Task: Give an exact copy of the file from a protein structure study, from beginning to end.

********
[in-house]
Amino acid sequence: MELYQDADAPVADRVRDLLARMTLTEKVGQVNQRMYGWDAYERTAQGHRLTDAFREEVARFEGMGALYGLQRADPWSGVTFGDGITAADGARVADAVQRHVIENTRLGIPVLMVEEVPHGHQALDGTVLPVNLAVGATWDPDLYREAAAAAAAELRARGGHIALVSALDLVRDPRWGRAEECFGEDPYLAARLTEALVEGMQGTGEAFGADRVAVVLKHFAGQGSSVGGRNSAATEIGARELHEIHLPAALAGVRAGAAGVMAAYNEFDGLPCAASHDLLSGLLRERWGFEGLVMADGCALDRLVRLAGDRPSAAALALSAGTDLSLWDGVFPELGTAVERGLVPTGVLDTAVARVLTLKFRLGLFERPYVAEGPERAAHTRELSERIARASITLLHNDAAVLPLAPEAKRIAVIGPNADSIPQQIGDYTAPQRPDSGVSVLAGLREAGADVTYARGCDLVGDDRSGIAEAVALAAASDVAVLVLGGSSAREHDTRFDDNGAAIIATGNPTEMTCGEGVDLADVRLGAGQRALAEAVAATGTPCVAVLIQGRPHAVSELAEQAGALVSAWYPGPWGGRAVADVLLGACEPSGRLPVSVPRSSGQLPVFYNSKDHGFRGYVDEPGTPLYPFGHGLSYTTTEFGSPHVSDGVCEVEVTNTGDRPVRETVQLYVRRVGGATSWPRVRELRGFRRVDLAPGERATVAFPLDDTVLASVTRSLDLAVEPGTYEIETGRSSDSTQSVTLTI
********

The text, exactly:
[in-house]
Amino acid sequence: MELYQDADAPVADRVRDLLARMTLTEKVGQVNQRMYGWDAYERTAQGHRLTDAFREEVARFEGMGALYGLQRADPWSGVTFGDGITAADGARVADAVQRHVIENTRLGIPVLMVEEVPHGHQALDGTVLPVNLAVGATWDPDLYREAAAAAAAELRARGGHIALVSALDLVRDPRWGRAEECFGEDPYLAARLTEALVEGMQGTGEAFGADRVAVVLKHFAGQGSSVGGRNSAATEIGARELHEIHLPAALAGVRAGAAGVMAAYNEFDGLPCAASHDLLSGLLRERWGFEGLVMADGCALDRLVRLAGDRPSAAALALSAGTDLSLWDGVFPELGTAVERGLVPTGVLDTAVARVLTLKFRLGLFERPYVAEGPERAAHTRELSERIARASITLLHNDAAVLPLAPEAKRIAVIGPNADSIPQQIGDYTAPQRPDSGVSVLAGLREAGADVTYARGCDLVGDDRSGIAEAVALAAASDVAVLVLGGSSAREHDTRFDDNGAAIIATGNPTEMTCGEGVDLADVRLGAGQRALAEAVAATGTPCVAVLIQGRPHAVSELAEQAGALVSAWYPGPWGGRAVADVLLGACEPSGRLPVSVPRSSGQLPVFYNSKDHGFRGYVDEPGTPLYPFGHGLSYTTTEFGSPHVSDGVCEVEVTNTGDRPVRETVQLYVRRVGGATSWPRVRELRGFRRVDLAPGERATVAFPLDDTVLASVTRSLDLAVEPGTYEIETGRSSDSTQSVTLTI